Reading the datasheet, its very hard going compared to AVR

Duane B

Here is the one-hour video of the Maker Faire presentation by Massimo Banzi and Alf-Egil Bogen:

Yes all these chips are pretty complicated. 1465 pages for the SAM and 448 for the Mega328. Most of the stuff you are used to like UARTs etc aren’t that much more complicated, but then you have the PLL, NVIC, DMAC etc etc on top. Truth is 98% of people don’t need them so at the end of the day it’s not as bad as it could be.

If you have a proper framework this stuff is either disabled or setup well enough to get started. There are gotchas though, on the LPCs the GPIO ports don’t work until you enable their clock, I spent some time wondering why my writes had no affect. Same goes with the other peripherals.

Presumably this sort of thing will not bother any Due users.


It appears the Due provides two USB ports, with one usable for USB host, so e.g., for Android-Arduino communication via Google's ADK... This should be interesting.

How feasible will it be to run a Linux distribution on a 32-bit processor like the Due's SAM3X8E? I'm guessing memory might be a problem, but perhaps there are solutions for that?

With no extra memory I’d say no chance. You should be able to add 16gigMb of external memory but truth is I don’t think that’s something worth doing anyway on the Due, there are plenty of boards around now that handle Linux and I don’t think we need another one. The Due should be good for real real time stuff and hobbling it with an OS defeats the purpose IMO.



RPi for example already provides a straightforwad solution for Linux, but I was asking just to know better.

By the way, when you mentioned 16gig, what is that figure arrived at based on, and what type of memory?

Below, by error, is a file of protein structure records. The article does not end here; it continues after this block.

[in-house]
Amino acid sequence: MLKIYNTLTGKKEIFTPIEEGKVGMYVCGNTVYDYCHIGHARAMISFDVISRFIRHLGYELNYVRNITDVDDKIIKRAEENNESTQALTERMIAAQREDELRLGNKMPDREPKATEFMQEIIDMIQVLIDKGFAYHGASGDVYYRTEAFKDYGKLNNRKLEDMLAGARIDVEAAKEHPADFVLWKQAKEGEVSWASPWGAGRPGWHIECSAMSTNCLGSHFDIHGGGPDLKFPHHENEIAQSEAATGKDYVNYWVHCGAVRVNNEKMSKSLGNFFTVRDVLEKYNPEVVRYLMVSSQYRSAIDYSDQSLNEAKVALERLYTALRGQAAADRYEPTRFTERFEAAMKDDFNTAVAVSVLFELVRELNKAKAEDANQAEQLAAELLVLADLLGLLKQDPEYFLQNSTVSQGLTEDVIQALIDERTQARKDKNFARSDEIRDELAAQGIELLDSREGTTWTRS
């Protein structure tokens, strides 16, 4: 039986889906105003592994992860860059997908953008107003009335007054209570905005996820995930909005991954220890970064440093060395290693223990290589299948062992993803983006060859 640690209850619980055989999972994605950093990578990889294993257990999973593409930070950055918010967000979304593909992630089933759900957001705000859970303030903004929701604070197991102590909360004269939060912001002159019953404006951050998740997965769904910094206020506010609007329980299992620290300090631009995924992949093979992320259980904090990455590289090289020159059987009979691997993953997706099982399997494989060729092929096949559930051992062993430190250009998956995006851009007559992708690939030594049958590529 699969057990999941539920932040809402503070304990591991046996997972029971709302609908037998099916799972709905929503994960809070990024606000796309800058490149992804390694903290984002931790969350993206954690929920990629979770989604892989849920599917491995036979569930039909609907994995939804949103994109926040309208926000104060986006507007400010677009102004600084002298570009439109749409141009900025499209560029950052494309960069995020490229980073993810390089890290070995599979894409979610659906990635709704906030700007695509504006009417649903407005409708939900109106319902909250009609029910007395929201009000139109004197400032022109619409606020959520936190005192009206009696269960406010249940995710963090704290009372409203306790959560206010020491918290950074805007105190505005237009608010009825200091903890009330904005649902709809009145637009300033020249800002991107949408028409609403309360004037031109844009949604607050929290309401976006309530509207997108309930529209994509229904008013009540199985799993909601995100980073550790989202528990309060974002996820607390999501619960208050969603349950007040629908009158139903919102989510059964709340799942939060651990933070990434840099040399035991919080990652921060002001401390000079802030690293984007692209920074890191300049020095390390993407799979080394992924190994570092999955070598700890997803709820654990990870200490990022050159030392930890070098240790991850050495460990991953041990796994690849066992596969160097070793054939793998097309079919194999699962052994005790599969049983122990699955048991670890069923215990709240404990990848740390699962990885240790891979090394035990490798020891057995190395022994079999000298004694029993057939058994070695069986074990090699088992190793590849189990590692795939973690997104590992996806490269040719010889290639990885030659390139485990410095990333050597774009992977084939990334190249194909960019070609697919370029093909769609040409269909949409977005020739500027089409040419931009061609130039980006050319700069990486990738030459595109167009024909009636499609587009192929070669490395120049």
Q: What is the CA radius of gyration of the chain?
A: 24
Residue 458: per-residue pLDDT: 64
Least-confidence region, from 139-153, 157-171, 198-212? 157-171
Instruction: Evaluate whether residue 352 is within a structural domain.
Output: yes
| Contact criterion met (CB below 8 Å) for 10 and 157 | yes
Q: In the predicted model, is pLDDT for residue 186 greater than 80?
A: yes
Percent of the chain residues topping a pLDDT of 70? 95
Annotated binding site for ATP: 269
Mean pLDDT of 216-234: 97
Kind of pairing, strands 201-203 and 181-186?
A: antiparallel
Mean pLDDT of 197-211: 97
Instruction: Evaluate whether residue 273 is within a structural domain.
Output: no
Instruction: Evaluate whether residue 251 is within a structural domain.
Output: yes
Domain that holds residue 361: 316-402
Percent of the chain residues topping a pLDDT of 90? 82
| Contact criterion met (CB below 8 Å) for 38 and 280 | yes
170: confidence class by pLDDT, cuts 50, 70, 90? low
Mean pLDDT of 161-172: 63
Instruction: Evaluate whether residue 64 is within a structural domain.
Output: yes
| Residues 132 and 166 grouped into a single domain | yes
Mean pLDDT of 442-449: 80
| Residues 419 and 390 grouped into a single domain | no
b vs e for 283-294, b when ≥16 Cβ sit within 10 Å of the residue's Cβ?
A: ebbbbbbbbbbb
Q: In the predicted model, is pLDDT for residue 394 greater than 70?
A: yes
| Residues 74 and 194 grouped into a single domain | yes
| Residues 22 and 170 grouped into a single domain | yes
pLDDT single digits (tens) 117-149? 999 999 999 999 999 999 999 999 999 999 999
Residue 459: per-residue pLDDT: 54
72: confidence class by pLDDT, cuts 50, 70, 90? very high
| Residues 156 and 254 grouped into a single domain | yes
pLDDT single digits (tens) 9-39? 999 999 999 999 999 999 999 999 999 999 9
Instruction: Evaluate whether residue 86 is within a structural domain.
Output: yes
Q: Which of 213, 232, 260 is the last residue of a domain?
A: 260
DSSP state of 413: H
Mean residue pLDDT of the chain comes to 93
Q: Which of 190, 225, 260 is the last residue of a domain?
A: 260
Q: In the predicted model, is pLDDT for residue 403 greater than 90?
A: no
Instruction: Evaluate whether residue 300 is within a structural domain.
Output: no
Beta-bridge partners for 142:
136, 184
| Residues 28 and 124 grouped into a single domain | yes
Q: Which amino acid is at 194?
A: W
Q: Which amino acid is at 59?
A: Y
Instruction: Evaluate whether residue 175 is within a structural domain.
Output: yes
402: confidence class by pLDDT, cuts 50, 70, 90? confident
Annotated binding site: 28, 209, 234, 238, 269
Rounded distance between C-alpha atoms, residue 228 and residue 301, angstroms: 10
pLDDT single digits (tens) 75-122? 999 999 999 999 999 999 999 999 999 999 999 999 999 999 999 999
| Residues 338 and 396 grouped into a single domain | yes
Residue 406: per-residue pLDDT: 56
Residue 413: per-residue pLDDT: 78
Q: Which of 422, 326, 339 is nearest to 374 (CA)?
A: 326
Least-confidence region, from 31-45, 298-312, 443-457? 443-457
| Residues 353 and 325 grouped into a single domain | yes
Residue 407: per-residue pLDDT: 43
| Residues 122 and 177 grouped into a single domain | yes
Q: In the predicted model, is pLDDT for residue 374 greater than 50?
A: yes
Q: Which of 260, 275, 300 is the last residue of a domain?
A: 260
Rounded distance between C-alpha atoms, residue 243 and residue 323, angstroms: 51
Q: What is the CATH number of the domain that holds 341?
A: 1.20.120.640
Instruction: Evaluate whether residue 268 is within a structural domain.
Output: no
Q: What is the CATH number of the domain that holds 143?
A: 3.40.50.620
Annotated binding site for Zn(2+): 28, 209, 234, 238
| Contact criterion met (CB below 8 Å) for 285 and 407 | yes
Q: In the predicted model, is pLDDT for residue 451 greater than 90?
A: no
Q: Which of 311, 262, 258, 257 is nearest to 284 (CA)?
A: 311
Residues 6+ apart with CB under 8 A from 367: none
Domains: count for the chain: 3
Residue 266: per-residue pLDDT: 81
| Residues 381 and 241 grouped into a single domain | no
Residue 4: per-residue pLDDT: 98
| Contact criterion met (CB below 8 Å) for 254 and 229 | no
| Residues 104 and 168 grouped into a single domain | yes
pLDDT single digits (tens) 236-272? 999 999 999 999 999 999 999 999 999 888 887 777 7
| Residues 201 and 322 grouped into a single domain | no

You should be able to add 16gig of external memory

Huh? I don't recall CM3 being able to deal with more than 32bits of address space. Wouldn't that would require an MMU, which CM3 doesn't have? Also, the datasheet says in it's "external memory interface" chapter: "up to 16MB per chip select" and "up to 8 chip selects."

It'd be close, though. The ChipKit MAX32 runs a version of BSD unix, and it's only got 128k of RAM. The SAM3X has "up to 100k" (the retroBSD that runs on MAX32 may be pretty far away from what people expect when they ask about linux, though...)

The chip has

Static Memory Controller (SMC) for SRAM, NOR, NAND support.
NAND Flash controller with 4-kbyte RAM buffer and ECC
SDRAM Controller

So just about any type of memory you like.

As for the size, oops I should have said 16Mb as there are 24 external address lines. But there are also 4 chip selects so that’s a total of 64Mb.

That’s for SRAM, there are extra signals for NAND (Address Latch Enable) so that may be able to address more but I haven’t looked into that.

EDIT: westfw, yes it says “up to 8 chip selects” but I can’t see them on the SMC block diagram, it only shows NCS[3:0].

ANOTHER EDIT: It does show NCS[0:7] in Fig 24-1 and table 24-1, so I guess they are there somewhere. That would make a total of 128Mb.


How does the due ARM processor compare to AVR32 UC3 (as seen in speedwize? Is the ARM actually a lot faster?

No idea, I don't know much about the Xmegas.


@ io53:

You can use the Atmel tables for comparison:

Here is the table for the AT32UC3 lineup:'',category:'34864[33180[33080]]',pm:!((i:8238,v:!(0,18)),(i:8394,v:!(0,17)),(i:8362,v:!(1,28)),(i:8282,v:!())),view:table),sc:1)

And here is the table for the SAM3X series:'',category:'34864[33177[39581]]',pm:!((i:8238,v:!(0,18)),(i:8394,v:!(0,17)),(i:8362,v:!(1,28)),(i:8282,v:!(0,1,2,3,4,5,6,7,8))),view:table),sc:1)

There's a fault in those links. If you cut and paste the whole test into a broswer it works though.